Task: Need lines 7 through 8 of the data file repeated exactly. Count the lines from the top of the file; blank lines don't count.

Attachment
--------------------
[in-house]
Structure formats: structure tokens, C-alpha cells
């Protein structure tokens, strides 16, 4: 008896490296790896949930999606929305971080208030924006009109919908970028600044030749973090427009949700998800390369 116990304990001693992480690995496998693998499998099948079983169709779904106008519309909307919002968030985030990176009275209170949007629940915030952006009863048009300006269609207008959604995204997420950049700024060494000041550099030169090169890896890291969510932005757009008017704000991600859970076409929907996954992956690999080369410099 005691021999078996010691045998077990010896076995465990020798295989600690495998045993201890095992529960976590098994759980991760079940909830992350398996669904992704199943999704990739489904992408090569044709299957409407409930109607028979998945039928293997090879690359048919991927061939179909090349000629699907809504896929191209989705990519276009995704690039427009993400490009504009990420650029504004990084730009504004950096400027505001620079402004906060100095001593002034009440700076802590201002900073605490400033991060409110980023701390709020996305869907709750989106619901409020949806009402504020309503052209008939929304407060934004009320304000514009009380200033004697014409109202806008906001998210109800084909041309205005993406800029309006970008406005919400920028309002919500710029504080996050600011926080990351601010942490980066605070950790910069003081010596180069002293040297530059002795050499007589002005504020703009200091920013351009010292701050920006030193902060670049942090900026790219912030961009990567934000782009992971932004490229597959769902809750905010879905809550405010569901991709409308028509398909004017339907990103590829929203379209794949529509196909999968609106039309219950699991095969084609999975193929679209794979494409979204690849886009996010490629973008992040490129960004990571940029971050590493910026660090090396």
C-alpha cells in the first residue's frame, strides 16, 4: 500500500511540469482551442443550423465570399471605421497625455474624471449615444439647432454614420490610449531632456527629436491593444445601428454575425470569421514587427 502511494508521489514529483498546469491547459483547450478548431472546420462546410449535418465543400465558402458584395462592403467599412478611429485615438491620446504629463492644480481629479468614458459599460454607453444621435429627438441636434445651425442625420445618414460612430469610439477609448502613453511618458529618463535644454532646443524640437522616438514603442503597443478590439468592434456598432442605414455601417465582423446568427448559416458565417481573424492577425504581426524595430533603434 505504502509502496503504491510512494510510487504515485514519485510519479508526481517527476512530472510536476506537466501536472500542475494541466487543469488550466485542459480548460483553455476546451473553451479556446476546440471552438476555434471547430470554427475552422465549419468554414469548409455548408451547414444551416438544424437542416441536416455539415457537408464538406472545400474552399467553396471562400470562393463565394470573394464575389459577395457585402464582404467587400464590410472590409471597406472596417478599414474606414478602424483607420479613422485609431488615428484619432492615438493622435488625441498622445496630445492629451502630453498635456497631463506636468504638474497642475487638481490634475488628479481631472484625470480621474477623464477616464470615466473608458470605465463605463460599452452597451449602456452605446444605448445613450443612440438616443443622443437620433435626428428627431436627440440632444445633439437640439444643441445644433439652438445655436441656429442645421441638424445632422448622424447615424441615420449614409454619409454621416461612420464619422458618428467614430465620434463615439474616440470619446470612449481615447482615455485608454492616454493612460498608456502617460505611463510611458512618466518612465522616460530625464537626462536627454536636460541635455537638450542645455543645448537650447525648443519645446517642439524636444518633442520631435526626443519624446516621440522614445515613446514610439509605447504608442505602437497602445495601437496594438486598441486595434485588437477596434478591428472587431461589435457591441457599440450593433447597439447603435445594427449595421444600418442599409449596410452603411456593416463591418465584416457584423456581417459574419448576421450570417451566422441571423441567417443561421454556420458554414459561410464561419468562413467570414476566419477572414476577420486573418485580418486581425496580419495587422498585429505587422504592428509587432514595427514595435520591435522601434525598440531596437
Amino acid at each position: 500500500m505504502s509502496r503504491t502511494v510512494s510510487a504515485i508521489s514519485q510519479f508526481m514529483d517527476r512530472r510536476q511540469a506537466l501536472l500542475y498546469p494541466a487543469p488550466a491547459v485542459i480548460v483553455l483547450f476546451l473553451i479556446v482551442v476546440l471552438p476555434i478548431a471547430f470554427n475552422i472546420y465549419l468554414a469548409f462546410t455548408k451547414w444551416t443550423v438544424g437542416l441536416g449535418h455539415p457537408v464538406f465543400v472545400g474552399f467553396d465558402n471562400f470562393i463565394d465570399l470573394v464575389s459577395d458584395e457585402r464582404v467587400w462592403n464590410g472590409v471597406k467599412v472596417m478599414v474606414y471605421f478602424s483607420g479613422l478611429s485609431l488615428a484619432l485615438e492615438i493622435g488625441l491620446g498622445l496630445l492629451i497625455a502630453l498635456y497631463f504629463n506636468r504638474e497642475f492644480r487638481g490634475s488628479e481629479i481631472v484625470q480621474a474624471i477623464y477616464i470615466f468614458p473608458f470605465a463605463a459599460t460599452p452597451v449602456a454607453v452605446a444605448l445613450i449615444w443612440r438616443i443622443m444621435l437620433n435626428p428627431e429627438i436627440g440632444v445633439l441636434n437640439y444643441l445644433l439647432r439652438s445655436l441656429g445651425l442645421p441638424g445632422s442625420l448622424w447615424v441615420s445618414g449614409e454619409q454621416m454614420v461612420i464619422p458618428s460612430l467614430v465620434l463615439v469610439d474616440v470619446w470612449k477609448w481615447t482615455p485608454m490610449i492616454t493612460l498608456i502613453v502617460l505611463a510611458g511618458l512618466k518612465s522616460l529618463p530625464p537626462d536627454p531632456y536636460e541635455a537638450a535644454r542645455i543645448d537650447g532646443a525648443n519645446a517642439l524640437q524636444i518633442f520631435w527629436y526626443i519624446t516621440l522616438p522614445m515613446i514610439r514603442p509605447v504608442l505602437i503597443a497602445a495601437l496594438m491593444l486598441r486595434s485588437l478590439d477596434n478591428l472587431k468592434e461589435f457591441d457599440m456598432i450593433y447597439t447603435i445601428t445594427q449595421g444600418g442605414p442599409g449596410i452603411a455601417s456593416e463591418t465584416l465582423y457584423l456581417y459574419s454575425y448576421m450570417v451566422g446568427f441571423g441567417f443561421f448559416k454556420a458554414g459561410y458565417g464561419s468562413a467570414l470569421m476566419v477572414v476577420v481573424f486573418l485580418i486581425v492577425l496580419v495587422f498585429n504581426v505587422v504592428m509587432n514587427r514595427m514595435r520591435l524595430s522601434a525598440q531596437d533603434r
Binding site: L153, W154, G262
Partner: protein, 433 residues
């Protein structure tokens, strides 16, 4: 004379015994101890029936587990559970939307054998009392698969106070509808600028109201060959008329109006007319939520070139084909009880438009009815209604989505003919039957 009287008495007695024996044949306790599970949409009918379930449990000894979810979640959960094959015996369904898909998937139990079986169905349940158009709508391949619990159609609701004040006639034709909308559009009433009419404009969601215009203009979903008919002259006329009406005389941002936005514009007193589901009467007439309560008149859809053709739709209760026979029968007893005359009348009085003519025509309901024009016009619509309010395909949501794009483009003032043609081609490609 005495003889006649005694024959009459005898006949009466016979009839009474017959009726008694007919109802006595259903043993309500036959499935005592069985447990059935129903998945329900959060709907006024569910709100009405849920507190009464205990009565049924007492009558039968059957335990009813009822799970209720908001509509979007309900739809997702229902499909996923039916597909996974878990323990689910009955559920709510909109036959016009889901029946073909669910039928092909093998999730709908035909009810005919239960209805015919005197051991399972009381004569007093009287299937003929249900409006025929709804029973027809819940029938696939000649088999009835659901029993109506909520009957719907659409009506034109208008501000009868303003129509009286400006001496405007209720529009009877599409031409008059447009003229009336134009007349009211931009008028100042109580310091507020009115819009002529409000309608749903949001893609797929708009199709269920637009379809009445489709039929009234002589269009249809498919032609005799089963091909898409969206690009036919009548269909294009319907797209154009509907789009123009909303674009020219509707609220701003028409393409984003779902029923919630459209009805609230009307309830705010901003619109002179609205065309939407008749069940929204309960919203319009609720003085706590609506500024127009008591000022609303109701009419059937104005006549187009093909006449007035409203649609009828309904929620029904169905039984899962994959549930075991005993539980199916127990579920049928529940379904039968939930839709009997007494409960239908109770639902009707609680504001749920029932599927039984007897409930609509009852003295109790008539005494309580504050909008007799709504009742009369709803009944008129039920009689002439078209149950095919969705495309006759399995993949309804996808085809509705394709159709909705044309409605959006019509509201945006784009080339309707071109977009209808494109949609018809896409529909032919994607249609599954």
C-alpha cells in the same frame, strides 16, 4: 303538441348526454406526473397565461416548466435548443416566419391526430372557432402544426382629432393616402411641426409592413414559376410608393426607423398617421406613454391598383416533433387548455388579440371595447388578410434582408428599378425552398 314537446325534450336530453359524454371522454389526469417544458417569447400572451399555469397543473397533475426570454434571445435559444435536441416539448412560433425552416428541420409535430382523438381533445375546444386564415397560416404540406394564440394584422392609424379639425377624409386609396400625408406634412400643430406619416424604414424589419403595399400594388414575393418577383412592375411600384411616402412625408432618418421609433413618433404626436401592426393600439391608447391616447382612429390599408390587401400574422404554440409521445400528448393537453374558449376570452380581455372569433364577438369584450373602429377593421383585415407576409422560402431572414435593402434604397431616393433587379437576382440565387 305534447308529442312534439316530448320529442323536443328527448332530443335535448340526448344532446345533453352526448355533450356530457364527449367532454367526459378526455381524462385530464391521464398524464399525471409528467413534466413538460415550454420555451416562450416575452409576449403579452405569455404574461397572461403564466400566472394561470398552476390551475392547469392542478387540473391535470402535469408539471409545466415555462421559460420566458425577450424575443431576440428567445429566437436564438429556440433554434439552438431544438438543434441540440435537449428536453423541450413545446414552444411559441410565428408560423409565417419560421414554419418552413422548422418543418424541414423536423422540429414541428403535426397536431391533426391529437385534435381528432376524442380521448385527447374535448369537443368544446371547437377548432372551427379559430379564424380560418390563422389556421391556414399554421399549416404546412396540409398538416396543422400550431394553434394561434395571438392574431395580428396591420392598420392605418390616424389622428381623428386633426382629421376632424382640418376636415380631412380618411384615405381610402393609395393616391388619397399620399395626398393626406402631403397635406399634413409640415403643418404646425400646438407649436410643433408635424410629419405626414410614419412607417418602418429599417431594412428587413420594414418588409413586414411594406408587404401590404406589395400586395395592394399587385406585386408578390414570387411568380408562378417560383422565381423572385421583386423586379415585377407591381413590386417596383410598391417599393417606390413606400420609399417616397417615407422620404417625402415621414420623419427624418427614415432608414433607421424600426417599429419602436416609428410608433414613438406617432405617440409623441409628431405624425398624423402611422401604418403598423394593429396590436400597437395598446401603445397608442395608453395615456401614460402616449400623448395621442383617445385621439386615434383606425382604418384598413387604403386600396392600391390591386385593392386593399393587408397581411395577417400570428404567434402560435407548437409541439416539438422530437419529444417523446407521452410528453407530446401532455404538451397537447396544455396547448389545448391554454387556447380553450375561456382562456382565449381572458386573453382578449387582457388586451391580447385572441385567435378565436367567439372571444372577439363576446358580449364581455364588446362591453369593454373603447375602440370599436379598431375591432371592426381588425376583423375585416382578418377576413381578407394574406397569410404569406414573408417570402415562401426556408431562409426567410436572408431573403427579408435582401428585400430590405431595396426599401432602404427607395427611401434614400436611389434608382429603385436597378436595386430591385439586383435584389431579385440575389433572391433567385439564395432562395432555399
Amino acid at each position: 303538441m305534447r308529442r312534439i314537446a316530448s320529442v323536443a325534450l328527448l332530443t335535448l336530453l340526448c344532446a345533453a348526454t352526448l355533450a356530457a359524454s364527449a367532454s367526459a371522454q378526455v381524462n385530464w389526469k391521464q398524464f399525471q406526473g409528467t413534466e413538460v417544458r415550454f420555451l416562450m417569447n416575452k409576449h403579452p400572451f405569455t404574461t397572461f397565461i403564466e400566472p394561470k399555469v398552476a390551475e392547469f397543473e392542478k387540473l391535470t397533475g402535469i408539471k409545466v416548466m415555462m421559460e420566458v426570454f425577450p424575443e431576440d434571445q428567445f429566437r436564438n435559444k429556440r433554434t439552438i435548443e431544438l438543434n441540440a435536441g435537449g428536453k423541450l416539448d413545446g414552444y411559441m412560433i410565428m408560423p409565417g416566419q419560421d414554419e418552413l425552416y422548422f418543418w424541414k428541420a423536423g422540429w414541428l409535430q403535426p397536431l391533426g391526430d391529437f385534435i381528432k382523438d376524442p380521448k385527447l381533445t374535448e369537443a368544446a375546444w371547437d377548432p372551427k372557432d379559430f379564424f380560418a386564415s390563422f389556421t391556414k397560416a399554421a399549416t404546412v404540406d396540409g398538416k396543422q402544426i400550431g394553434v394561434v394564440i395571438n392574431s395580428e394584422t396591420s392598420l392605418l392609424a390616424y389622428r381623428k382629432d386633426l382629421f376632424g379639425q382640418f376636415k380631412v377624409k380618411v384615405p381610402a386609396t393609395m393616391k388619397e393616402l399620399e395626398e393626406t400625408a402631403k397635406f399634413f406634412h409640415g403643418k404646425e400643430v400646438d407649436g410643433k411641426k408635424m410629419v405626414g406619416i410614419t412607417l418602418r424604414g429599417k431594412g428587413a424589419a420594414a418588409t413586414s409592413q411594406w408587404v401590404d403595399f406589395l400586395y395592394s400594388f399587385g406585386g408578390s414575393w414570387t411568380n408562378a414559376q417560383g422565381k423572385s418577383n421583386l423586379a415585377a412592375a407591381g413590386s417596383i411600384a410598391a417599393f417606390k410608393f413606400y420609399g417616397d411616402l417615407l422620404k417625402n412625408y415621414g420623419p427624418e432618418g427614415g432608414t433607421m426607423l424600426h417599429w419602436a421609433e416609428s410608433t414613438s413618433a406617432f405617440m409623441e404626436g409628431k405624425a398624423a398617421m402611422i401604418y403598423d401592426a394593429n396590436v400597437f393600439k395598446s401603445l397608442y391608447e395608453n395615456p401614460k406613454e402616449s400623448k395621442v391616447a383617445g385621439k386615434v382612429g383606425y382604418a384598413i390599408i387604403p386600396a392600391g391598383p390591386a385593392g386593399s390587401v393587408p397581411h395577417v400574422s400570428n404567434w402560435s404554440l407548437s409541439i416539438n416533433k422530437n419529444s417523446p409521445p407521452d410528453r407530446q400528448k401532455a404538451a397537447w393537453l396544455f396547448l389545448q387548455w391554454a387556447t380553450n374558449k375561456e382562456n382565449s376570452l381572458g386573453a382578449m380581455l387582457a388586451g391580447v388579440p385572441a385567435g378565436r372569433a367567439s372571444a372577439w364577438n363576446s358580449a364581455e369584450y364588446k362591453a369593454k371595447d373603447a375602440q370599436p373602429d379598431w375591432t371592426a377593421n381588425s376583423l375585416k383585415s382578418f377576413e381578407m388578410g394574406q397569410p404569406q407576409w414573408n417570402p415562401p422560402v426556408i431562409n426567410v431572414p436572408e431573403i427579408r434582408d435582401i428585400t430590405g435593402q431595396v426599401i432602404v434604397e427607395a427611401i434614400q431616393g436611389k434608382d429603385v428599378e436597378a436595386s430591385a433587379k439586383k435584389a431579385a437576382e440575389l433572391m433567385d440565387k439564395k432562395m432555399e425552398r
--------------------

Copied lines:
Partner: protein, 433 residues
């Protein structure tokens, strides 16, 4: 004379015994101890029936587990559970939307054998009392698969106070509808600028109201060959008329109006007319939520070139084909009880438009009815209604989505003919039957 009287008495007695024996044949306790599970949409009918379930449990000894979810979640959960094959015996369904898909998937139990079986169905349940158009709508391949619990159609609701004040006639034709909308559009009433009419404009969601215009203009979903008919002259006329009406005389941002936005514009007193589901009467007439309560008149859809053709739709209760026979029968007893005359009348009085003519025509309901024009016009619509309010395909949501794009483009003032043609081609490609 005495003889006649005694024959009459005898006949009466016979009839009474017959009726008694007919109802006595259903043993309500036959499935005592069985447990059935129903998945329900959060709907006024569910709100009405849920507190009464205990009565049924007492009558039968059957335990009813009822799970209720908001509509979007309900739809997702229902499909996923039916597909996974878990323990689910009955559920709510909109036959016009889901029946073909669910039928092909093998999730709908035909009810005919239960209805015919005197051991399972009381004569007093009287299937003929249900409006025929709804029973027809819940029938696939000649088999009835659901029993109506909520009957719907659409009506034109208008501000009868303003129509009286400006001496405007209720529009009877599409031409008059447009003229009336134009007349009211931009008028100042109580310091507020009115819009002529409000309608749903949001893609797929708009199709269920637009379809009445489709039929009234002589269009249809498919032609005799089963091909898409969206690009036919009548269909294009319907797209154009509907789009123009909303674009020219509707609220701003028409393409984003779902029923919630459209009805609230009307309830705010901003619109002179609205065309939407008749069940929204309960919203319009609720003085706590609506500024127009008591000022609303109701009419059937104005006549187009093909006449007035409203649609009828309904929620029904169905039984899962994959549930075991005993539980199916127990579920049928529940379904039968939930839709009997007494409960239908109770639902009707609680504001749920029932599927039984007897409930609509009852003295109790008539005494309580504050909008007799709504009742009369709803009944008129039920009689002439078209149950095919969705495309006759399995993949309804996808085809509705394709159709909705044309409605959006019509509201945006784009080339309707071109977009209808494109949609018809896409529909032919994607249609599954």